The Edge of the Wood

by John Messeder, Nemophilist & Ecological Storyteller

Sea Change

The Atlantic Ocean incessantly wears away the U.S. coast.The sky brightens as though on a timer announcing 6 a.m. The sun isn’t really up, yet, but its warming rays are bending over the horizon, illuminating the knotty pine boards of the bedroom loft’s western wall.

The rain has finally tired, leaving only the sound of incessant wave action rubbing away at the shore with the soft-sounding, powerful strokes of a woodworker rubbing the surface of a boat’s wooden molding. The smoothness of the sound belies the power peeling layer after layer of ancient minerals and stirring them into the sea.

Somewhere to my south, a hurricane threatens to submerge Miami, Florida.

About 11 miles to seaward, according to the chart pinned to a living room wall, a lighthouse flashes every 15 seconds, warning sailors to miss the light and make port, or hit the light and spend eternity parked on the rocks.

The intervening sea takes the appearance of a pot of molten plumber’s lead, virtually undisturbed except for a shoal, a couple hundred yards from where I sit. Barely submerged beneath the molten surface, it intercepts rolling inbound ripples and pushes them into tall foamy breakers that splash up in free celebration.

Seagulls roost along the shore rocks, just out of reach of the crashing foam.

A trio of seagulls joyfully set their wings and coast, right to left, high to low, as though riding a children’s slide. Nearly out of sight, they run out of altitude and, not being done with the game, flap like crazy back high to my right, turn and set for the long downhill run on the invisible slide.

Tell me again about dumb animals that don’t know what they are doing, acting solely out of instinct. I’ll beg to differ. One of the gulls, I am sure, is a direct descendant of Richard Bach’s trouble-making bird, “Jonathan Livingston Seagull,” leading a few wannabe trouble makers astray.

We know what happens if the grownups catch  on. Two of them will point a wing at the third and whisper, “It was his idea!”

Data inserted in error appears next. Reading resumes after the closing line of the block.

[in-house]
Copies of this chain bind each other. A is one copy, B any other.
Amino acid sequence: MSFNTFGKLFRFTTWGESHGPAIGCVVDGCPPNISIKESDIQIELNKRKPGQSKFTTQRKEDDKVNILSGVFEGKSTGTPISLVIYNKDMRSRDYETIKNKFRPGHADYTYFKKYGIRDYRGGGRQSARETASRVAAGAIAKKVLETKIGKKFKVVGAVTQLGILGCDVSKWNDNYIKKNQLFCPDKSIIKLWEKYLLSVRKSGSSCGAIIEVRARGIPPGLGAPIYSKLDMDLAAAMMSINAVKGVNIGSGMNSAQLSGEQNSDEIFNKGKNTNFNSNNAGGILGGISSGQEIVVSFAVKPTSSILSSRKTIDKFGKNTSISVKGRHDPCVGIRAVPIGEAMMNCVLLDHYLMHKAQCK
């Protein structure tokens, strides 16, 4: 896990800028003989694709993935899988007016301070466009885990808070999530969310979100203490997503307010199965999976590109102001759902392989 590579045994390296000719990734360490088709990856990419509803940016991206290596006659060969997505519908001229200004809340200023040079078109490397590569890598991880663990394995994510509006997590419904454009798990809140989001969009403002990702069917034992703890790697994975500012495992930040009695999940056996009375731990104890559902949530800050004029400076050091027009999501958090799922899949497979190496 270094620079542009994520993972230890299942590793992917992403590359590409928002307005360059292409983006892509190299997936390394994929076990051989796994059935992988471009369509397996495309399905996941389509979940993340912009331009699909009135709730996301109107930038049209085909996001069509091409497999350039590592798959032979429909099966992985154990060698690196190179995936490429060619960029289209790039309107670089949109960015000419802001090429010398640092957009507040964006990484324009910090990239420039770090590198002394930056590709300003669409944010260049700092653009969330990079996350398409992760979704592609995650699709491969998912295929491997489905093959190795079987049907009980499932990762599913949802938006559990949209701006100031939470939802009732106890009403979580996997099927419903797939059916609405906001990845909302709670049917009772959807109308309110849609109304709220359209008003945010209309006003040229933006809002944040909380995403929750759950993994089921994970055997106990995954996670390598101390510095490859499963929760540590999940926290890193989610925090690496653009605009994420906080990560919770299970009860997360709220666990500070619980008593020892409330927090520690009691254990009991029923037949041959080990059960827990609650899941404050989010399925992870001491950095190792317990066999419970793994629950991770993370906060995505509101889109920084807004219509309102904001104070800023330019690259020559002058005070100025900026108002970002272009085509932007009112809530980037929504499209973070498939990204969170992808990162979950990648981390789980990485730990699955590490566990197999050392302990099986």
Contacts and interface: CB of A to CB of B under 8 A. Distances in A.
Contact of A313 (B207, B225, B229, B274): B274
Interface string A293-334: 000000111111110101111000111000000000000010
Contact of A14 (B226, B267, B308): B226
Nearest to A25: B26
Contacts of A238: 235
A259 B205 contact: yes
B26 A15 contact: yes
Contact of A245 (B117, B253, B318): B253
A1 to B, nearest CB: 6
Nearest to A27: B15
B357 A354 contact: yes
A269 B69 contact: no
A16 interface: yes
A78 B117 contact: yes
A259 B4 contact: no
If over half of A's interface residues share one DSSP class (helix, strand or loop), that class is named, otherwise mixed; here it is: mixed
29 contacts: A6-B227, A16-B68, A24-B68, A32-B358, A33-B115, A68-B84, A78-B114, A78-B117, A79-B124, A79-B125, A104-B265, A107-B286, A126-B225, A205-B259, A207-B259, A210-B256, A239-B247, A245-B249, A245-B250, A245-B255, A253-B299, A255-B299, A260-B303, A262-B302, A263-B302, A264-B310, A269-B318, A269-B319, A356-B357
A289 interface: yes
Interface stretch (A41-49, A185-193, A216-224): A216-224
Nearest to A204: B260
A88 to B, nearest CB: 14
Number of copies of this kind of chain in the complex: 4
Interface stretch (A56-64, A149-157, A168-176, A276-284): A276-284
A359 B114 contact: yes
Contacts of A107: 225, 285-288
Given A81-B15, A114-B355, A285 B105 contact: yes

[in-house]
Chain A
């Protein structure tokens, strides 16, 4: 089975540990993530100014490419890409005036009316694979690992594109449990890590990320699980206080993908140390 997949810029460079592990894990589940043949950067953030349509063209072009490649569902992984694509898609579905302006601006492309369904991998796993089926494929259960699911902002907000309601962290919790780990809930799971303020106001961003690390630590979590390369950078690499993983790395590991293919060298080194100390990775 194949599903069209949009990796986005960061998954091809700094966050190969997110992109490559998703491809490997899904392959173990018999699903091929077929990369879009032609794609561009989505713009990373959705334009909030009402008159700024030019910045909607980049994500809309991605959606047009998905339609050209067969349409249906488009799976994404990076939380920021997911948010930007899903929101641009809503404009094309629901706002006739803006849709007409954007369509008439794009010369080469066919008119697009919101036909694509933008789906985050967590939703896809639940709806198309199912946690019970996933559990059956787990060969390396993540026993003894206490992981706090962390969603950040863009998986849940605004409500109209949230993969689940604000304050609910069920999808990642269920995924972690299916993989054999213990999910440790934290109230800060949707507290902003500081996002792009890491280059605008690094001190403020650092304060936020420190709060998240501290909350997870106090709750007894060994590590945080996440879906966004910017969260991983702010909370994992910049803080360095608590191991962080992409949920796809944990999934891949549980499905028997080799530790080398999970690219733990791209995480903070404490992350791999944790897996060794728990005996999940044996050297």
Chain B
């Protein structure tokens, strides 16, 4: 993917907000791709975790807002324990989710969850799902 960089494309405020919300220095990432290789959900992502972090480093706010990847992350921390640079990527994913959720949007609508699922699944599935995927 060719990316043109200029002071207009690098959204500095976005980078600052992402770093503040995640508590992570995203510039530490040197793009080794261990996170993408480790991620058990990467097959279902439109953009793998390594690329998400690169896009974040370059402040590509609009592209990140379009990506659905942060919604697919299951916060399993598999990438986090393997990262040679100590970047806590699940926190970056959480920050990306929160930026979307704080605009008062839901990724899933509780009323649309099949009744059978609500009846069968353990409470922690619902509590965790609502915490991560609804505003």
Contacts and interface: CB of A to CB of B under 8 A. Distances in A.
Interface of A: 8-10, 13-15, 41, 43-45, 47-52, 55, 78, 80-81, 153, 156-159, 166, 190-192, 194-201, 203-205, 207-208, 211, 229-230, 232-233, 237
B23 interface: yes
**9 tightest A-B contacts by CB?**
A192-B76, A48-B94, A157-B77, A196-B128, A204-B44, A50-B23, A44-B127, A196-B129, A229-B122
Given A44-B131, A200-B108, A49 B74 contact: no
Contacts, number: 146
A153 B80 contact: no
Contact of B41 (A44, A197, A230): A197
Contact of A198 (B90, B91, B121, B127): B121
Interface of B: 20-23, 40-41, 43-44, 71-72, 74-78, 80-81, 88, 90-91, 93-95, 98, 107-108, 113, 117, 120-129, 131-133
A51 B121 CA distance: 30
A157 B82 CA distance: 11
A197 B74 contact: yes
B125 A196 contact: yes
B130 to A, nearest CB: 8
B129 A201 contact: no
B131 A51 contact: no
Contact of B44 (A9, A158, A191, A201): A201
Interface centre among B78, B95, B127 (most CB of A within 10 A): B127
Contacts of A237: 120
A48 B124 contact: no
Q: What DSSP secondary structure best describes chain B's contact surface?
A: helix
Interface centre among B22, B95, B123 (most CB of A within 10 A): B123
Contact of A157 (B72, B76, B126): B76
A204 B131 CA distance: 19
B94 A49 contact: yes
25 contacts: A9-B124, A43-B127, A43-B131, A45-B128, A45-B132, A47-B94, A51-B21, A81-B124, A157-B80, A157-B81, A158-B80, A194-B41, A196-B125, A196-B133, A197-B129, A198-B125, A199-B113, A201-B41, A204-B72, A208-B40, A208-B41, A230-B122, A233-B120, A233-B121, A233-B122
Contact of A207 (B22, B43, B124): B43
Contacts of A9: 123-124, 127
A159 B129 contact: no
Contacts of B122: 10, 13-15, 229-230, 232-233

I pad downstairs in my bare feet and step out onto the porch to discover the on-shore breeze not as cold as it, and the calendar, made it seem. Maples and birches are preparing for the Fall celebration party, trading summer green for bright reds and yellows. The blazing colors will not last long.

People “from away” have purchased this small piece of shorefront, then put the cottage up for rent when they are not using it, like a time-share without the forever mortgage. We save up during the year to contribute to the owner’s retirement fund, an acceptable trade for some time away from work and terrorists.

Lines etched on a school bus-sized rock, visible on Google Earth against the granite plain in front of the cottage, mark the high and low tides like a kitchen doorframe recording the inexorable growth of regularly fed children. It’s difficult to know whether the water is deeper now than when we first visited, three years ago. As with children, an inch or so in a year is hardly noticeable. Then one day you look and they’re suddenly taller than their parents.

Mother Nature does not care about the money and effort we have spent making this rock-bound sliver habitable. She will adjust. Climate temperature rises, the ice sheet covering Greenland melts, and the ocean in front of my vacation spot becomes deeper.

In another generation, maybe two, someone’s offspring – whoever owns the property behind my current vacation spot – will stand on a new porch, point toward the sea, and describe to their incredulous progeny the cottage that once stood “right about there.”


  1. So much enjoyed your site!

    Shirley Lamdan, CLU

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